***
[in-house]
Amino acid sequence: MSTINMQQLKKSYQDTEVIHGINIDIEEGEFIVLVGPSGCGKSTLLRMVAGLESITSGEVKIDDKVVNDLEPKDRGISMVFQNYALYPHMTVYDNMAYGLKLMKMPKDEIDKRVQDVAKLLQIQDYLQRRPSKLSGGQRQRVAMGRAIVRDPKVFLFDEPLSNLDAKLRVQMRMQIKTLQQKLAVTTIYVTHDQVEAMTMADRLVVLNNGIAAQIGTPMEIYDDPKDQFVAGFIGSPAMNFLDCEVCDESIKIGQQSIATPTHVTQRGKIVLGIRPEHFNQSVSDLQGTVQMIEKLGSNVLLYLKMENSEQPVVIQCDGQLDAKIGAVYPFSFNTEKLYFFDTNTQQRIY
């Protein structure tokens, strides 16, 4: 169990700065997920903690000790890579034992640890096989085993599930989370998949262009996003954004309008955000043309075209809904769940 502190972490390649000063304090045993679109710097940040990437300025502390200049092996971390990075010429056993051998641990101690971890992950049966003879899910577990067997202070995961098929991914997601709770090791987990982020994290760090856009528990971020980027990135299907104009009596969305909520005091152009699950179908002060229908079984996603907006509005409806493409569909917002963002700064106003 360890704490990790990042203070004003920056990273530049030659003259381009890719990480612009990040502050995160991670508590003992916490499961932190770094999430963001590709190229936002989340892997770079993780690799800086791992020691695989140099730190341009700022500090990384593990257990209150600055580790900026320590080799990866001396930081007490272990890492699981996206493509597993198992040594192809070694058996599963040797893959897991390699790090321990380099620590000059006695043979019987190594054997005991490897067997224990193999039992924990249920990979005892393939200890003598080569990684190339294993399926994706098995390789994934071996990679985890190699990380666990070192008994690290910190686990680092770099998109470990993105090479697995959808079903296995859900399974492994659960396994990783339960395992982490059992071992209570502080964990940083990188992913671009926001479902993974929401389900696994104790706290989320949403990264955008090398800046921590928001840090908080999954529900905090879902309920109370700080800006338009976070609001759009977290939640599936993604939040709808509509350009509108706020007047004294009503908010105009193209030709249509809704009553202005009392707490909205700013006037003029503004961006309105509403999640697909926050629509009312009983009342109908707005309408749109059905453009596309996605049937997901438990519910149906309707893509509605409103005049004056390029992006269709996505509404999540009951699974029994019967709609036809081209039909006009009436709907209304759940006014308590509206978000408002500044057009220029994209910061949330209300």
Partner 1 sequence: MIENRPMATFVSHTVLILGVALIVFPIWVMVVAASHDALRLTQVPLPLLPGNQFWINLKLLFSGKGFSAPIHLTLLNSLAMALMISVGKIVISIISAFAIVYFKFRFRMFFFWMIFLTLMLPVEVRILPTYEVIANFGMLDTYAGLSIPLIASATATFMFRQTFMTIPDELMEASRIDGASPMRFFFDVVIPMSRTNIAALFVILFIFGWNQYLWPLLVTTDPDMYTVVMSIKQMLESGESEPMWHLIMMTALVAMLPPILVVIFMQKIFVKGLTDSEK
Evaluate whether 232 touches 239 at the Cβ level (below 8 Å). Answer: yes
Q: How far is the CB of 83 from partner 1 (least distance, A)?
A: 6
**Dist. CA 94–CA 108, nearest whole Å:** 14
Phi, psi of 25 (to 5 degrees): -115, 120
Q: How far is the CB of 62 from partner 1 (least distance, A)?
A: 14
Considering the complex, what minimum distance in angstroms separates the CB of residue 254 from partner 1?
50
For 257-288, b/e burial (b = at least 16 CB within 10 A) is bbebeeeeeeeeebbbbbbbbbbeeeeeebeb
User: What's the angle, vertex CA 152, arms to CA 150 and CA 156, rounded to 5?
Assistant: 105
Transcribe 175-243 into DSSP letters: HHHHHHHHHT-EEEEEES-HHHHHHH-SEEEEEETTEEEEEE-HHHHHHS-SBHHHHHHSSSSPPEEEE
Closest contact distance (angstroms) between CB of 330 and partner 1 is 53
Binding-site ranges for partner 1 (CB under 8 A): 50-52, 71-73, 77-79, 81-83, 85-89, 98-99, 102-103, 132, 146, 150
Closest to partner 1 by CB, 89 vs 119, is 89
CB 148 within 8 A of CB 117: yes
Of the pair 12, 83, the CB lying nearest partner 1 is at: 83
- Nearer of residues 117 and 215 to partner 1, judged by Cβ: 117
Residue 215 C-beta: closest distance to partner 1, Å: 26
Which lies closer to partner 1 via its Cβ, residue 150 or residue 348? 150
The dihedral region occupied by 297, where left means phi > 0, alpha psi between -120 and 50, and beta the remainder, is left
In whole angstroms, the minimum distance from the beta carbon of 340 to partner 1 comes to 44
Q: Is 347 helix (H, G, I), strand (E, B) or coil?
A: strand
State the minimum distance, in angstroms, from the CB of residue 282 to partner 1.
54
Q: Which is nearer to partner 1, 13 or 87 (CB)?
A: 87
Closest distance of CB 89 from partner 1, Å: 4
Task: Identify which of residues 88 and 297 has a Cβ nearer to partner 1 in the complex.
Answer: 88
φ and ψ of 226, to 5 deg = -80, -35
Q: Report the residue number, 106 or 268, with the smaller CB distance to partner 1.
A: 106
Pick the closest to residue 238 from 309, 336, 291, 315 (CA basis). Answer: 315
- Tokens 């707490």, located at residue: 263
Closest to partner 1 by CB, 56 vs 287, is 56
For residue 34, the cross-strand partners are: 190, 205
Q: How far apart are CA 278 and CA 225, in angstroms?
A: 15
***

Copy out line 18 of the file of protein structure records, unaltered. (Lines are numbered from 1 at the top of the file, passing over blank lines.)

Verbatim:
Closest contact distance (angstroms) between CB of 330 and partner 1 is 53